I love this sign in my gym: “You have a private wealth manager to manage your wealth, why not have a personal trainer to manage your health?”
As I’ve admitted in the past, my idea of weight training is quite pathetic. As it bores me to no end, I tend to call it a day after lifting dumbbells for all of 7 minutes. To actually get my butt in gear, I finally paid for 12 personal training sessions. I won’t lie though: I had to ‘weigh out’ the pros and cons of doing so before making a commitment. In other words, would it be worth paying an additional fee on top of my gym membership? The answer was yes, as I’d be investing in my health.
How is it that we tend to have no problem splurging on handbags, meals/nights out, etc yet we are inclined to question the cost of health? Yes, organic produce costs most than regular. Yes, soya milk is pricier than cow’s milk. Yes, paying £2 + for a shot of wheatgrass is highway robbery. But can you really put a price on health?
Whatever extra you pay now, the long-term benefits will surely make it all worth it. Nutrition is hands-down one of the biggest contributing factors of good health. I’m not saying to get completely roped in and pay top dollar for everything deemed ‘healthy’. But instead, think twice when you abstain from a product merely because it appears expensive on face value. Truth be told, I still can’t get myself to pay double the price for a bag of organic carrots. Yet when it comes to peanut butter, I have no problem splashing out $11+ on a jar of the natural variety as it contains no hydrogenated oils.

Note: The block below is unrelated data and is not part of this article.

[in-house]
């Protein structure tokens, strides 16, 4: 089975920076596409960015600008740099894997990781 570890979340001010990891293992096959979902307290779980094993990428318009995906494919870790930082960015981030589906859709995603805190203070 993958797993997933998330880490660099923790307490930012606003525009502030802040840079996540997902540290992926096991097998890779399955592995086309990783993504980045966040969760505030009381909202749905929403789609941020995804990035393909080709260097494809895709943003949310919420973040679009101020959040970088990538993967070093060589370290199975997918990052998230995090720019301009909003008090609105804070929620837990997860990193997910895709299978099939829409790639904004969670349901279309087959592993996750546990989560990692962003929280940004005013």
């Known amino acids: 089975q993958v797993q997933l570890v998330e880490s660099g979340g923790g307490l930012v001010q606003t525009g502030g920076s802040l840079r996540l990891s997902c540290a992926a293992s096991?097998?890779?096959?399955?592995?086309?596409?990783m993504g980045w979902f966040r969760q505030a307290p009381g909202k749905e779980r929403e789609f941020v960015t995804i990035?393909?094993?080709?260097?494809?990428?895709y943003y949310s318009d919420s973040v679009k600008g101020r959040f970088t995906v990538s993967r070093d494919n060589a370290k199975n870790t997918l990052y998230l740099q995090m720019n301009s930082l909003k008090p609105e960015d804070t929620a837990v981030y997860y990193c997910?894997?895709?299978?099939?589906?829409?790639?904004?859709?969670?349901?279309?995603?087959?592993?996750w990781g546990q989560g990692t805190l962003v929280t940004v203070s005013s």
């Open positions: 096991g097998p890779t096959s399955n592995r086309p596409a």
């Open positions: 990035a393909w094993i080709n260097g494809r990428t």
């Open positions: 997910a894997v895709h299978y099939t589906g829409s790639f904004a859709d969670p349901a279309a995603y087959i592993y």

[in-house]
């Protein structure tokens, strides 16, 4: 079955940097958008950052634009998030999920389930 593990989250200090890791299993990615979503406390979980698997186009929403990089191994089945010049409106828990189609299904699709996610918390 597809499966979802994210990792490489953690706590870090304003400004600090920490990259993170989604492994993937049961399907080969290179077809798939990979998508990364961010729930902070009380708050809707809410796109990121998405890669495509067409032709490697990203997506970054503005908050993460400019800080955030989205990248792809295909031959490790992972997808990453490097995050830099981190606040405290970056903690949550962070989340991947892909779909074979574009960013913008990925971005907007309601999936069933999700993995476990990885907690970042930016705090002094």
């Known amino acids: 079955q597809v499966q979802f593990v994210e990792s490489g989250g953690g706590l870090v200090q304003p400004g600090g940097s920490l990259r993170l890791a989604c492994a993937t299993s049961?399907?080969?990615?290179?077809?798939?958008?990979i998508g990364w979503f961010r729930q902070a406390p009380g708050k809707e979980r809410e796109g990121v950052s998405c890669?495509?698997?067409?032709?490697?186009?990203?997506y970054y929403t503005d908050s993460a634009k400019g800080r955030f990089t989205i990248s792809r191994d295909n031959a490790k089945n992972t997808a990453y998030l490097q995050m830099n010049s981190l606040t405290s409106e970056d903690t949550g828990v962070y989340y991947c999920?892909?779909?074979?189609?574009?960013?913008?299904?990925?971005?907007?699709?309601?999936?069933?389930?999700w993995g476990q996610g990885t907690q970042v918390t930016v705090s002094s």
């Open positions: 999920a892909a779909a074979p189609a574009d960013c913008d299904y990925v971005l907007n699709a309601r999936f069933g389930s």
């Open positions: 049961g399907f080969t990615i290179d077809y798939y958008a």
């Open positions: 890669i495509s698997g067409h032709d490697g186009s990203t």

Eat right, even if that means paying an extra buck or 2, and consider it a potential saving in the future. After all, It’s no secret that doctors’ bills are slightly on the expensive side (understatement of the year ). Despite your karmic beliefs, you only have one body in this life: treat it right.